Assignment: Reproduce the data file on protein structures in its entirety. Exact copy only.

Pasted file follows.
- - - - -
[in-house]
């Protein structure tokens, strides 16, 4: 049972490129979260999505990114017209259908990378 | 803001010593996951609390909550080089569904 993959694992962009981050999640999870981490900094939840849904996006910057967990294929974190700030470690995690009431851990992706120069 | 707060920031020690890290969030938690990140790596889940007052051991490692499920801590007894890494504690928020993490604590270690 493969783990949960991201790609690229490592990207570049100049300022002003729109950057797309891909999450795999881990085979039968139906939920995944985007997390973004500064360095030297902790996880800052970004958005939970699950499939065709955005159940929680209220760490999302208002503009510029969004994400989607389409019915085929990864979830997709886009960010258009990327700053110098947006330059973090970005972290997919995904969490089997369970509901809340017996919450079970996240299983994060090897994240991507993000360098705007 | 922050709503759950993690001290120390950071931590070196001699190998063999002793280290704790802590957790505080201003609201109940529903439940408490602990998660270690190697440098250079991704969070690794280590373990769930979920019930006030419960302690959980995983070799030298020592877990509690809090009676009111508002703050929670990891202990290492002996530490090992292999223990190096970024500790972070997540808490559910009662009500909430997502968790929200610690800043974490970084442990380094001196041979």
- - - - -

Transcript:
[in-house]
């Protein structure tokens, strides 16, 4: 049972490129979260999505990114017209259908990378 | 803001010593996951609390909550080089569904 993959694992962009981050999640999870981490900094939840849904996006910057967990294929974190700030470690995690009431851990992706120069 | 707060920031020690890290969030938690990140790596889940007052051991490692499920801590007894890494504690928020993490604590270690 493969783990949960991201790609690229490592990207570049100049300022002003729109950057797309891909999450795999881990085979039968139906939920995944985007997390973004500064360095030297902790996880800052970004958005939970699950499939065709955005159940929680209220760490999302208002503009510029969004994400989607389409019915085929990864979830997709886009960010258009990327700053110098947006330059973090970005972290997919995904969490089997369970509901809340017996919450079970996240299983994060090897994240991507993000360098705007 | 922050709503759950993690001290120390950071931590070196001699190998063999002793280290704790802590957790505080201003609201109940529903439940408490602990998660270690190697440098250079991704969070690794280590373990769930979920019930006030419960302690959980995983070799030298020592877990509690809090009676009111508002703050929670990891202990290492002996530490090992292999223990190096970024500790972070997540808490559910009662009500909430997502968790929200610690800043974490970084442990380094001196041979």